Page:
University Of Tasmania

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Seasonal variations in diet of arrow squid (Nototodarus gouldi): stomach content and signature fatty acid analysis

journal contribution
posted on 2023-05-17, 10:53 authored by Pethybridge, H, Patti VirtuePatti Virtue, Casper, R, Yoshida, T, Green, CP, Jackson, G, Nichols, PD
This study details the feeding ecology of arrow squid, Nototodarus gouldi, collected opportunistically from trawlers in waters south-east off Australia in 2007 and 2008. Combined stomach content and fatty acid (FA) signature analyses provided clear evidence of seasonal dietary shifts in prey composition. Teleost fish remains (mainly otoliths) were found in 67% of stomachs with the two mesopelagic planktivorous fish, Lampanyctodes hectoris and Maurolicus muelleri dominating. Cephalopods and crustaceans were supplementary dietary components, with an increased representation in the diet over winter. Digestive gland lipid content was moderate (16.4 ±8.4% wet weight) and was rich in triacylglycerol and monounsaturated fatty acids. Multivariate analysis of FA profiles grouped arrow squid with profiles of mesopelagic fish and cephalopods, thus supporting the findings of stomach content analysis. Seasonal differences in total lipid content were likely related to summer upwelling events and local changes in productivity, while intraspecific differences in lipid class and FA composition were related to seasonal differences of prey consumption. FA analyses also demonstrated dietary differences associated with gender, size and female maturation. Such relationships demonstrate that the diet of N. gouldi is closely linked to prey size, abundance and availability and possibly also, to key life-history stages.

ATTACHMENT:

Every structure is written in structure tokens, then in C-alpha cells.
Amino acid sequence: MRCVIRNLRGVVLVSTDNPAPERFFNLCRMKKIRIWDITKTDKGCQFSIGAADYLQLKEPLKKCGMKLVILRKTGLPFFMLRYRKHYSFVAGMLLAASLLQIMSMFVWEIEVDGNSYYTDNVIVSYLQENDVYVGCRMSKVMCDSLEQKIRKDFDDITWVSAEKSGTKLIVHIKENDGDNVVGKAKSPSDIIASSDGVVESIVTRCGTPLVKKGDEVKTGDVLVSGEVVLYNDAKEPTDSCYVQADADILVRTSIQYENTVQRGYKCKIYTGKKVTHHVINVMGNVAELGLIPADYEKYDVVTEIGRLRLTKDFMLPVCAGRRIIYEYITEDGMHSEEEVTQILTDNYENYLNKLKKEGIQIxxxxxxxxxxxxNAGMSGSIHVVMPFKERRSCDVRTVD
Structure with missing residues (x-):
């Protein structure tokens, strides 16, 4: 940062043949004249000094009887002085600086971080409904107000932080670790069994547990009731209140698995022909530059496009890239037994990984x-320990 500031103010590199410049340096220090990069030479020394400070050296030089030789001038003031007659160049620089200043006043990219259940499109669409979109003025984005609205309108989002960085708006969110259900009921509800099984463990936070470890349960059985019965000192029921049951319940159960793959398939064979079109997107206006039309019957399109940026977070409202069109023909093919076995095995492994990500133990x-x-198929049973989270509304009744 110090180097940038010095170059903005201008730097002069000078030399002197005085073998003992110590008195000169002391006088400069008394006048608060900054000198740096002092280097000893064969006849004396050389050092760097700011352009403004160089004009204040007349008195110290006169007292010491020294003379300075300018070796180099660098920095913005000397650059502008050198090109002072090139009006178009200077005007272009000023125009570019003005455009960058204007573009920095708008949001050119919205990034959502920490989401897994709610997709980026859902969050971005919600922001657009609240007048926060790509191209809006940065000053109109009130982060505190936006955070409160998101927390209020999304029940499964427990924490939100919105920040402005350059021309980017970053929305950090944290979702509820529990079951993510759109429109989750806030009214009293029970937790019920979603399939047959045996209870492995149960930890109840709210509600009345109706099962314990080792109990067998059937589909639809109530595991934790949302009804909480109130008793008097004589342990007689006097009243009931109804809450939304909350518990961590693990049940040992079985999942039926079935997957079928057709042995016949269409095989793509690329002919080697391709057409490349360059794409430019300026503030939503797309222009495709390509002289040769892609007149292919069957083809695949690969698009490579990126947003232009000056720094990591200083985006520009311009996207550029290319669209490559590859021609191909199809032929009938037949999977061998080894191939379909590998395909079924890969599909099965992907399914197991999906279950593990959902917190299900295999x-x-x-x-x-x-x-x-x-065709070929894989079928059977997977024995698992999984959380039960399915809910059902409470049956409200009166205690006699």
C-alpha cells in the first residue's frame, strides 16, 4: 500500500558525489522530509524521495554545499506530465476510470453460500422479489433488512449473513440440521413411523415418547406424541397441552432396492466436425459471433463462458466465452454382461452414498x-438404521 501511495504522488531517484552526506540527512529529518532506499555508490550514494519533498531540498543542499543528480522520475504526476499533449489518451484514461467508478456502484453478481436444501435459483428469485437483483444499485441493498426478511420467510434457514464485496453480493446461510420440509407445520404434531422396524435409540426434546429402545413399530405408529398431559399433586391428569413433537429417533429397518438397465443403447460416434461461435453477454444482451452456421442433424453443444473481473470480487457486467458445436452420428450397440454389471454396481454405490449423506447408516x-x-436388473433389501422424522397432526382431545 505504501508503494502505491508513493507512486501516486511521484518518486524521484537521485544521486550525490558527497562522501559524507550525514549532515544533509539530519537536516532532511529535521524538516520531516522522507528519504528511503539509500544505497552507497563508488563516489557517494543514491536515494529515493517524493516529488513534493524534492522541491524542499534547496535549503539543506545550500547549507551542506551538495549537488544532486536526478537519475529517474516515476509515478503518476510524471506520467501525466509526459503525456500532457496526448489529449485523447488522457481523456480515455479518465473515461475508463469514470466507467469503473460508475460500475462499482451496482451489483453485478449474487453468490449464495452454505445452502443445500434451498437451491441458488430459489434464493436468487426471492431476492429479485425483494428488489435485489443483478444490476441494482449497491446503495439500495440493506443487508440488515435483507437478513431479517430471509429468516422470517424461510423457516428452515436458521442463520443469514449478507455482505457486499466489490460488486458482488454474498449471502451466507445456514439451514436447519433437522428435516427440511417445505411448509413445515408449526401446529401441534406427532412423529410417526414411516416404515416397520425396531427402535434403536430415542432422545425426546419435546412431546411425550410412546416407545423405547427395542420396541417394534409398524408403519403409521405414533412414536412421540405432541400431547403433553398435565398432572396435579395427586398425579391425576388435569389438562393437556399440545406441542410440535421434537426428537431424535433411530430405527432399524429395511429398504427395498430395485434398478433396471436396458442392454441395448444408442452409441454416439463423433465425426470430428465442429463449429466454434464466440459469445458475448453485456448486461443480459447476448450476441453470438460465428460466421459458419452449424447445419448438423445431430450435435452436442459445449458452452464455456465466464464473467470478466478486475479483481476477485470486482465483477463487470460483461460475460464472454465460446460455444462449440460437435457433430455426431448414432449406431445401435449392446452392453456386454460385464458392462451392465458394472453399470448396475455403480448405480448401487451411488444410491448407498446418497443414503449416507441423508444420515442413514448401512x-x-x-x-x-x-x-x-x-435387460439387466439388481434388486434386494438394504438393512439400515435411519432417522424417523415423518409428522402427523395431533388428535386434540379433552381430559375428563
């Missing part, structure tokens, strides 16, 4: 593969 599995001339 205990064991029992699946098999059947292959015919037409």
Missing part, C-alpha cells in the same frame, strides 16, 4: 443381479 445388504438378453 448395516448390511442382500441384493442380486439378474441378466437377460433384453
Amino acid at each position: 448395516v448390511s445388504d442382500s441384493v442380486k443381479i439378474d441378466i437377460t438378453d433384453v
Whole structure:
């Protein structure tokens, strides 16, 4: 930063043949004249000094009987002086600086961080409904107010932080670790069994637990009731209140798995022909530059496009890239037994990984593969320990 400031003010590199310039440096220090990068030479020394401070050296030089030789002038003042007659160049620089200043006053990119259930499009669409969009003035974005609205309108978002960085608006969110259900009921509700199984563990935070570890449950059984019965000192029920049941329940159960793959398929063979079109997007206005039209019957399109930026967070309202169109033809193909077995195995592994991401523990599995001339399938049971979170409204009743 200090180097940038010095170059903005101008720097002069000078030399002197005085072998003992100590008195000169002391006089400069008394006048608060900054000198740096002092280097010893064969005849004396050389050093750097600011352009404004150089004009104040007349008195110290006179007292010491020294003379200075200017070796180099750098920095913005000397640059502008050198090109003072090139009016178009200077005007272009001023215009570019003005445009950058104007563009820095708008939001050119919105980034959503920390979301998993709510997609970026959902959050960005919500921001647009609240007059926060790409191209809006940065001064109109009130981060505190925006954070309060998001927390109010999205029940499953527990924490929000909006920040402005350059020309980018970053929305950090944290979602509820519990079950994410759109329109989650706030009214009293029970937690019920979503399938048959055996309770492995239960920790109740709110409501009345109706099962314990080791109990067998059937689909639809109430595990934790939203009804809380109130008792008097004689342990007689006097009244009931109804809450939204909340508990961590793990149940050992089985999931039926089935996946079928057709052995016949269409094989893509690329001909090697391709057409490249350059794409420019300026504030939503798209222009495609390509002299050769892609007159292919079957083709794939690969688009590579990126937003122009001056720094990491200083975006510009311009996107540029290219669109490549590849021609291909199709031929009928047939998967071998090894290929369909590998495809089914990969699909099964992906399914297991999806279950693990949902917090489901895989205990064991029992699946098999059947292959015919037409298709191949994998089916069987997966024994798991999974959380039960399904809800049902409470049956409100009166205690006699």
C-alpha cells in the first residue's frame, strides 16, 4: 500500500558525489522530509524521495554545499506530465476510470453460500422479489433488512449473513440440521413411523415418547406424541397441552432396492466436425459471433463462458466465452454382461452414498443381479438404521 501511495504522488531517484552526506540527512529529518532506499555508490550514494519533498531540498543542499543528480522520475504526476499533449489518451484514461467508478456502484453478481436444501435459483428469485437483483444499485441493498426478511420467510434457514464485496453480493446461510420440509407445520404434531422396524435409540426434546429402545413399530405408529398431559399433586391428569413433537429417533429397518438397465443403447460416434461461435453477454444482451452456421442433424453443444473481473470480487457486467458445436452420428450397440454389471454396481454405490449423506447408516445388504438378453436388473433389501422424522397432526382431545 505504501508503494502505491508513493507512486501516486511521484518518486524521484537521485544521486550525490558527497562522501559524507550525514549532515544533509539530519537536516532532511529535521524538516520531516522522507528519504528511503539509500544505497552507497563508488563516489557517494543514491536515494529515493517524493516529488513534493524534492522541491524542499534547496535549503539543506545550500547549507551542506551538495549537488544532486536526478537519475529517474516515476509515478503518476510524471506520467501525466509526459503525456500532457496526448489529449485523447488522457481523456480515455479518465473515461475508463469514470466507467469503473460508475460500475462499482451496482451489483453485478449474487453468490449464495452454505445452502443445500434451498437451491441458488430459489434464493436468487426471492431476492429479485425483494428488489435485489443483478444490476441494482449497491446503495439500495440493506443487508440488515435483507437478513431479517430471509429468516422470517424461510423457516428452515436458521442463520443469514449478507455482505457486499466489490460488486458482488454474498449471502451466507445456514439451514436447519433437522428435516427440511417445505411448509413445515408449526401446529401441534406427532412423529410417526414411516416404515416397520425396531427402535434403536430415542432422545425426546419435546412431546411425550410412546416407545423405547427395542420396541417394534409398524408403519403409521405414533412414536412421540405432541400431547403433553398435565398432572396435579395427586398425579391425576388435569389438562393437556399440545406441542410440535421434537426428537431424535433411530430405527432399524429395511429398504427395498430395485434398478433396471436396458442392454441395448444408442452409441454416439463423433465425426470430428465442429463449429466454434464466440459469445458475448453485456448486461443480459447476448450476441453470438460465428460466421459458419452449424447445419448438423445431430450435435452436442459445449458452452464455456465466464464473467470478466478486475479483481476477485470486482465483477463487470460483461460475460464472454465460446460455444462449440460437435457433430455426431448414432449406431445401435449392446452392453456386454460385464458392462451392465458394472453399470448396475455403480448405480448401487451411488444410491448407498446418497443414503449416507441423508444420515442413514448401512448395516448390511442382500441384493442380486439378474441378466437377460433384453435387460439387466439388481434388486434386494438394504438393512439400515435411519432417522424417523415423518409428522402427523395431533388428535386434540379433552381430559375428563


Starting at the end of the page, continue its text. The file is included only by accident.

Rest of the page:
Fisheries Research & Development Corporation


Publication title

Journal of the Marine Biological Association of The United Kingdom








Institute for Marine and Antarctic Studies


Cambridge Univ Press

Place of publication

40 West 20Th St, New York, USA, Ny, 10011-4211

Rights statement

Copyright © 2011 Cambridge University Press

Repository Status

  • Restricted

Socio-economic Objectives

Marine biodiversity